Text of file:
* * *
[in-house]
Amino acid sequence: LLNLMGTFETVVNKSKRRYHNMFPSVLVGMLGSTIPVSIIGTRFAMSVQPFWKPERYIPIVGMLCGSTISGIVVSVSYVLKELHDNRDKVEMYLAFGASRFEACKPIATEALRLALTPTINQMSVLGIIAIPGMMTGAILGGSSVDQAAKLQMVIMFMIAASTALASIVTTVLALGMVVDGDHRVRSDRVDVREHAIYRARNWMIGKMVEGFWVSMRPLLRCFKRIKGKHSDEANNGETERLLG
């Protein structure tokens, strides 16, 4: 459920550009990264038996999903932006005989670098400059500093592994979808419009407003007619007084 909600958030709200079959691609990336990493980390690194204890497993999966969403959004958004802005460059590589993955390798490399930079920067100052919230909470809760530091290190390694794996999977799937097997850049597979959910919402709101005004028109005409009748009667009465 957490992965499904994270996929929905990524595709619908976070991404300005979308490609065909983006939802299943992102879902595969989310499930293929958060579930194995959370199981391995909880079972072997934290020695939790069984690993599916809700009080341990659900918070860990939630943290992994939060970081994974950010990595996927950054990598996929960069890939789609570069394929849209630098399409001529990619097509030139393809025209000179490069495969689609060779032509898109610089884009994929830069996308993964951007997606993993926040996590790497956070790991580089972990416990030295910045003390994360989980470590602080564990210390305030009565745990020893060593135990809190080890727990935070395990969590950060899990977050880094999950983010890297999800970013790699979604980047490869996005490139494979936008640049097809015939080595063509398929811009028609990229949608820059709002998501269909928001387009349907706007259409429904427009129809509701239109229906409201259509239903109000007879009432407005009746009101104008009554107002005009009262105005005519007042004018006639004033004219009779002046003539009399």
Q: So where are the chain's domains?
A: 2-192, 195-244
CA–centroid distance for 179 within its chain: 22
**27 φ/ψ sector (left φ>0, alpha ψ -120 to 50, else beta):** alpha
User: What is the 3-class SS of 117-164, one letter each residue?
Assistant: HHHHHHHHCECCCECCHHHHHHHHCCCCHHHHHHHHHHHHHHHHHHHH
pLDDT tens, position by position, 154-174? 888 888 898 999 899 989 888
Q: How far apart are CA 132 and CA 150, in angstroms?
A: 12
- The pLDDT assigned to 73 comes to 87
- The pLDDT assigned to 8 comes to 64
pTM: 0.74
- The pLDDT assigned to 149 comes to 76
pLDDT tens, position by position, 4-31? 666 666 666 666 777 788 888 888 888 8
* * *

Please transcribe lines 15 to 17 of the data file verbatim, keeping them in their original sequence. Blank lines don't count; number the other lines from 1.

pTM: 0.74
- The pLDDT assigned to 149 comes to 76
pLDDT tens, position by position, 4-31? 666 666 666 666 777 788 888 888 888 8